Things I actually did 2013.

I went back and looked at my “things I may do” post from just about one year ago.

What did I do? Besides teaching. (Which I did a lot).

Well, I got more involved in Fixing Science. In February I went to Brussels for the “beyond questionable practices” symposium. Got to hang out with Daniel Lakens, and said hi to Brian Nosek, and had generally a good time.

Then in June I went to Nijmegen for their Robust Sciences symposium. Spent even more time with Daniel this time, and got to meet Rolf Zwaan. (Plus lots of others).

As a result, I’m adjusting how I’m teaching my masters students so they will start out beyond Questionable Practices. We used the Open Science Framework. Ran into some snags, but I will definitely continue that.

I became part of the Open Science Bloggers. So far I have only contributed one post but I have done a few things like peer reviewing and definitely promoting as best I can.

I was asked to be on a special editorial team for Perspectives of Psychological Science, which made me go both Wayne and Garth and Lawrence of Arabia*. I will say no more, as it is on-going.

I blogged a lot in the spring, and not so much during fall.

This has also been the year of twitter for me. I’m having a lot of good conversations and good contacts through it. I am fond of on-line sociality. I have lots of “invisible friends” since close to a decade and a half. Funny thing, I’m chatting more with academics in other countries than with my own colleagues. We are too busy in our offices. (And, I adore my colleagues).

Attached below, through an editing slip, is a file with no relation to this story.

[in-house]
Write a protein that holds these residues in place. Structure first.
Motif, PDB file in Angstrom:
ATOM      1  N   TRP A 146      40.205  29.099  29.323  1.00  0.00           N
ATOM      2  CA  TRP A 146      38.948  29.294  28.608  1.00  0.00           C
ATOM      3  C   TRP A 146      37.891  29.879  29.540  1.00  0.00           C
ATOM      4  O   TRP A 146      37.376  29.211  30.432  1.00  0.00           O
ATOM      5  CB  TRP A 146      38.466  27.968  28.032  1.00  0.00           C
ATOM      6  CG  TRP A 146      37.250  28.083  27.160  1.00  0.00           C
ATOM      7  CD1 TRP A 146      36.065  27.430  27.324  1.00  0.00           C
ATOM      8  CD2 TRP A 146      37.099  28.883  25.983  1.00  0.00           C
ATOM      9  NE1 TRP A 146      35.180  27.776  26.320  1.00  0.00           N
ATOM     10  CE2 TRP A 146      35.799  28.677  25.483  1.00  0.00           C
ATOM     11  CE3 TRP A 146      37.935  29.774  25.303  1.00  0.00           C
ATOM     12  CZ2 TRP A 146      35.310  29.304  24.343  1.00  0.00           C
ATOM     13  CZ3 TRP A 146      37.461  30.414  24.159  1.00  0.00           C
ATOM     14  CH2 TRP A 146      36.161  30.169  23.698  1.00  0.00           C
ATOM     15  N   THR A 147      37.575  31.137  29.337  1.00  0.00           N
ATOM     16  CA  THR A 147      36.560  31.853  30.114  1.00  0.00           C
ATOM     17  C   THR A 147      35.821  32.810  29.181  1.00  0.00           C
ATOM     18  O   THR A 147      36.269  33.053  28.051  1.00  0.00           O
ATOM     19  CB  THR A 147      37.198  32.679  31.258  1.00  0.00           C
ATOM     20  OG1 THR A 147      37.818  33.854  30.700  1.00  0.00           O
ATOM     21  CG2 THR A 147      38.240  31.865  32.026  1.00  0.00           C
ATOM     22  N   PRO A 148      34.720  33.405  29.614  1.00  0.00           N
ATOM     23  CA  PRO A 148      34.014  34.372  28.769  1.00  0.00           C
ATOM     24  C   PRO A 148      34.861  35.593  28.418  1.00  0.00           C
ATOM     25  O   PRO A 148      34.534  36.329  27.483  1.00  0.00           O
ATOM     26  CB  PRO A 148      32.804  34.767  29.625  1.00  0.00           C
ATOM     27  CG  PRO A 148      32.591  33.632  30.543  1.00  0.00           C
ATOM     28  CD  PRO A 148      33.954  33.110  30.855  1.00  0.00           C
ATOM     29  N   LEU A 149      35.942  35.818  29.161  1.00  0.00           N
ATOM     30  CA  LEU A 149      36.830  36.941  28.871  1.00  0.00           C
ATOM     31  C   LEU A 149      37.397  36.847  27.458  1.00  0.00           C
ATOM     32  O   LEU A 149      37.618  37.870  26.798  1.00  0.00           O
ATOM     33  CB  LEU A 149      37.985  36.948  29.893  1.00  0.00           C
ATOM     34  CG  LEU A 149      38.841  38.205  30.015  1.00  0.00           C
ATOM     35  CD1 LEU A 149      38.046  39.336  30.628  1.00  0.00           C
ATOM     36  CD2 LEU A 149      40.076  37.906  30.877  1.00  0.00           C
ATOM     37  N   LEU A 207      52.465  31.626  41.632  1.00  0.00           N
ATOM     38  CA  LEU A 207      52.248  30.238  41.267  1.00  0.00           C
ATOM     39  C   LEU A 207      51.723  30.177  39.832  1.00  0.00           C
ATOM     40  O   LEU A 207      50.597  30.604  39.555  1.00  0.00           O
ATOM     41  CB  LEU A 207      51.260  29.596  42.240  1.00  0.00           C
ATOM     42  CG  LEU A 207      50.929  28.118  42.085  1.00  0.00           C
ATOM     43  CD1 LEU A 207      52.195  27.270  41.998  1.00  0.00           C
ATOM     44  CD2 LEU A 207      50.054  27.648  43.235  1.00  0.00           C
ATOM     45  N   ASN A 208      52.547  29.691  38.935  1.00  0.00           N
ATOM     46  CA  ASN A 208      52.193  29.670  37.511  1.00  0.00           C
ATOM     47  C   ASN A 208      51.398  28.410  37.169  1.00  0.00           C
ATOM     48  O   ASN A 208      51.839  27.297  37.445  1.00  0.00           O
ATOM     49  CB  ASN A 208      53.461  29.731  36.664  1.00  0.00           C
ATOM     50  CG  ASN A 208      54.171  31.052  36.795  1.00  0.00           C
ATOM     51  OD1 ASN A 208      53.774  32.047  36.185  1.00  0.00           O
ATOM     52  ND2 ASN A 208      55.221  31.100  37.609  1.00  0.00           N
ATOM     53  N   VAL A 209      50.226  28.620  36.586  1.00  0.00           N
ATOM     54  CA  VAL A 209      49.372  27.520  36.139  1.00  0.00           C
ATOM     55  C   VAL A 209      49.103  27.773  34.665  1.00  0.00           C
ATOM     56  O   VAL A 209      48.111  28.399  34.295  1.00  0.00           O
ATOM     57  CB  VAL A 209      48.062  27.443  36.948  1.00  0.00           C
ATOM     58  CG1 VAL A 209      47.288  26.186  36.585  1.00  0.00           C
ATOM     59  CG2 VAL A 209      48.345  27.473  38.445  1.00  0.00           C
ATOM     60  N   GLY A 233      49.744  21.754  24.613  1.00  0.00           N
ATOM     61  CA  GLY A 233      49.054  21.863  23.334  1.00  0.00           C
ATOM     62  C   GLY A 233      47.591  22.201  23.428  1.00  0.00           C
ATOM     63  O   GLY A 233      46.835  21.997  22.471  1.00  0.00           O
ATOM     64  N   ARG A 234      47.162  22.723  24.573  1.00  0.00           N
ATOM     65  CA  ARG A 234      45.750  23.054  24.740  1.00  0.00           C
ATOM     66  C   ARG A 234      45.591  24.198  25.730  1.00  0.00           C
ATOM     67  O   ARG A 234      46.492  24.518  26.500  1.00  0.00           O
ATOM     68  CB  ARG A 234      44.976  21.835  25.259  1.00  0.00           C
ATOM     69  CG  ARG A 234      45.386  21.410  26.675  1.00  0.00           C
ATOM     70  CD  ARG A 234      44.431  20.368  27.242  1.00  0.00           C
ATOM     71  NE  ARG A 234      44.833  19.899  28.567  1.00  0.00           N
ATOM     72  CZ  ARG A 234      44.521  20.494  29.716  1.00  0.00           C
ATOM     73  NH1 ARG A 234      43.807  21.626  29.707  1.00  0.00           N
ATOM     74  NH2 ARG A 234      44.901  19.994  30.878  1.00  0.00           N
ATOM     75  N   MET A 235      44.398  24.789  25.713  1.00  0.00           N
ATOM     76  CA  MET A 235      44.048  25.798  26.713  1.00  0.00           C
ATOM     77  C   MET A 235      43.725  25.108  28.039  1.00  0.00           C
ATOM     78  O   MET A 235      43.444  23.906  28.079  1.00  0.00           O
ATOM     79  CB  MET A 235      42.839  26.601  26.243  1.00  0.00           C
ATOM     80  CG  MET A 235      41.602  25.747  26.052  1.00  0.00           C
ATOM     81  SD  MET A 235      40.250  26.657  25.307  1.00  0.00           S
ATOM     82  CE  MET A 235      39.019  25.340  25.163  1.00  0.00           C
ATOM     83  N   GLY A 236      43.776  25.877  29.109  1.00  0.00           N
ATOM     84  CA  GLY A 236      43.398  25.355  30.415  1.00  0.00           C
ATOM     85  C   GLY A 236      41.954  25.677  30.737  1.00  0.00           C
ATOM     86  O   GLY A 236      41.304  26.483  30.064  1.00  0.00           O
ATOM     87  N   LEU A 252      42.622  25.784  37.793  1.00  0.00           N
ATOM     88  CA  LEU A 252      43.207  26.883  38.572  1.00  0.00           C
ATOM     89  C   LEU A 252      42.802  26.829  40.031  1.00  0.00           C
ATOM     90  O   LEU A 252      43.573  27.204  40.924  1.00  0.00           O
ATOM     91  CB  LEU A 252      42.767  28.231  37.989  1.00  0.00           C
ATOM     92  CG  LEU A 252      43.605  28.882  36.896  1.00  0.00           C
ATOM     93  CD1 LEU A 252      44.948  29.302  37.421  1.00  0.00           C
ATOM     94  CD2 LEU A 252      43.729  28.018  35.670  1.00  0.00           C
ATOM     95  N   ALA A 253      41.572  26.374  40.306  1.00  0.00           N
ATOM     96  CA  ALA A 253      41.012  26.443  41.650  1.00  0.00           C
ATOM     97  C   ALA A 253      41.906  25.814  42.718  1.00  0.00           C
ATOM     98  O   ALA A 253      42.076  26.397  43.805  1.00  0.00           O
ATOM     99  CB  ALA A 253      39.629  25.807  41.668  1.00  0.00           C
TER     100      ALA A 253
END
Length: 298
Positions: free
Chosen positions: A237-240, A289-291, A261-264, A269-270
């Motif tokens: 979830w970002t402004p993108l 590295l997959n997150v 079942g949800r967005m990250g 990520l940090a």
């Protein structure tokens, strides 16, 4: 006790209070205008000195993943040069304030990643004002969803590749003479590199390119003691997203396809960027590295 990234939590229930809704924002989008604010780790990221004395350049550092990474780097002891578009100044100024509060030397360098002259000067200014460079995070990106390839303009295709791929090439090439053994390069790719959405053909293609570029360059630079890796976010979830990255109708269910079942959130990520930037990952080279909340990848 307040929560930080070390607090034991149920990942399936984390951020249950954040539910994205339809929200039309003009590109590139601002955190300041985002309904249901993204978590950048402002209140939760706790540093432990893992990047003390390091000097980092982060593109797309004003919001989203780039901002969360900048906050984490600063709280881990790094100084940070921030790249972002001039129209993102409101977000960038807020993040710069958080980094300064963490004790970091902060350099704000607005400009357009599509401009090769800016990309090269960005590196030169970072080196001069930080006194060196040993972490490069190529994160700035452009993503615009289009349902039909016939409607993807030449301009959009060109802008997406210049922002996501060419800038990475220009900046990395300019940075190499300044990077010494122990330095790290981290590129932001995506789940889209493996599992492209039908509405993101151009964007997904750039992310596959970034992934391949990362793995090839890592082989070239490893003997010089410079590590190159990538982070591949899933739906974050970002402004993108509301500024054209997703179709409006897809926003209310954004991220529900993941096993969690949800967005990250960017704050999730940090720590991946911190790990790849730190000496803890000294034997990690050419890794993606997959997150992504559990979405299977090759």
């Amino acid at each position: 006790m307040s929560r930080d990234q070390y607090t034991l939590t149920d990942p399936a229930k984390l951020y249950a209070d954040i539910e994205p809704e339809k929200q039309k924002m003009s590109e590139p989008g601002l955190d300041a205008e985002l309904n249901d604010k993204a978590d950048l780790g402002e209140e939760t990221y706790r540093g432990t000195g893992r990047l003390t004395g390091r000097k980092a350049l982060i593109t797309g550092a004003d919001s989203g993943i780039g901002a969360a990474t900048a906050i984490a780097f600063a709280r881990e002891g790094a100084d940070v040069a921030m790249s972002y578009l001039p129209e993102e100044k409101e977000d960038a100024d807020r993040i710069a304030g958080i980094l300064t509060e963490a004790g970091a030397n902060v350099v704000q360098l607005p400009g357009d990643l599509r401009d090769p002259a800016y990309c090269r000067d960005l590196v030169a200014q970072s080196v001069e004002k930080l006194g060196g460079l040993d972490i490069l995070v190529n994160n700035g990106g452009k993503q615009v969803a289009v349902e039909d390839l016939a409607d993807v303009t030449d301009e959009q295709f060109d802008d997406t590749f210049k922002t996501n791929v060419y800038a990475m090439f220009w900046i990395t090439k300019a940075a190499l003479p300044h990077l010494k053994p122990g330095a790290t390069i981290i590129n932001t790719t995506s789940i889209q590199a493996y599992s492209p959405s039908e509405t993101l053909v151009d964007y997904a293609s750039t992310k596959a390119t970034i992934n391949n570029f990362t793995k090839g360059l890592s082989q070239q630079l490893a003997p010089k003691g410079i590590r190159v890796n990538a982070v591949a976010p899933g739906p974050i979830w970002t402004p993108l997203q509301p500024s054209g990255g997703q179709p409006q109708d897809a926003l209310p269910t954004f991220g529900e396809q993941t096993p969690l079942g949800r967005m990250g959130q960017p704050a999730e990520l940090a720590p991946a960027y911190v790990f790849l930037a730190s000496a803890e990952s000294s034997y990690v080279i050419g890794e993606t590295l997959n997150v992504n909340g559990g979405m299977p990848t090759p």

It is all very inspiring.

Research wise? My film group collaboration resulted in an invitation to a weekend symposium on film and quantitative measures. It was held at the Humanities Lab, which is a much nicer lab than we have anywhere in Psychology. They have an eye-tracking room! 20 eye trackers with computer screens. Among all sorts of other nifty things. So, the Film people invited a whole bunch of their colleagues that would be interested, including Anabel Cohen from Canada (who trained under Hebb I found out) who does movies and music, and I got invited into it on the basis of having used both movies and music to induce emotions.

I was mildly non-plussed first, because that was just our manipulation. Then I realized that this is actually very interesting. So, I presented what we did when I was a grad student, and put together a whole bunch of info on movies as emotion inducers. It is going to turn into a paper, as all the presenters at that symposium are going to contribute to a special issue of Music and the Moving Image. I did my updated version right before going on vacation.

I’ve also, from this, become part of a group of Danish and Swedish researchers interested in using quantitative methods for film research. It is very exciting, and I hope I have more time this spring thinking about it, and doing something about it.

The Kuleshov paper we are working on in the film group is still under construction. They eye-tracking data are… well… didn’t turn out as simple as we had predicted, and a bit more will be explored. But, there were some effects. Alas, our application did not get funded this time either. We will try one more time.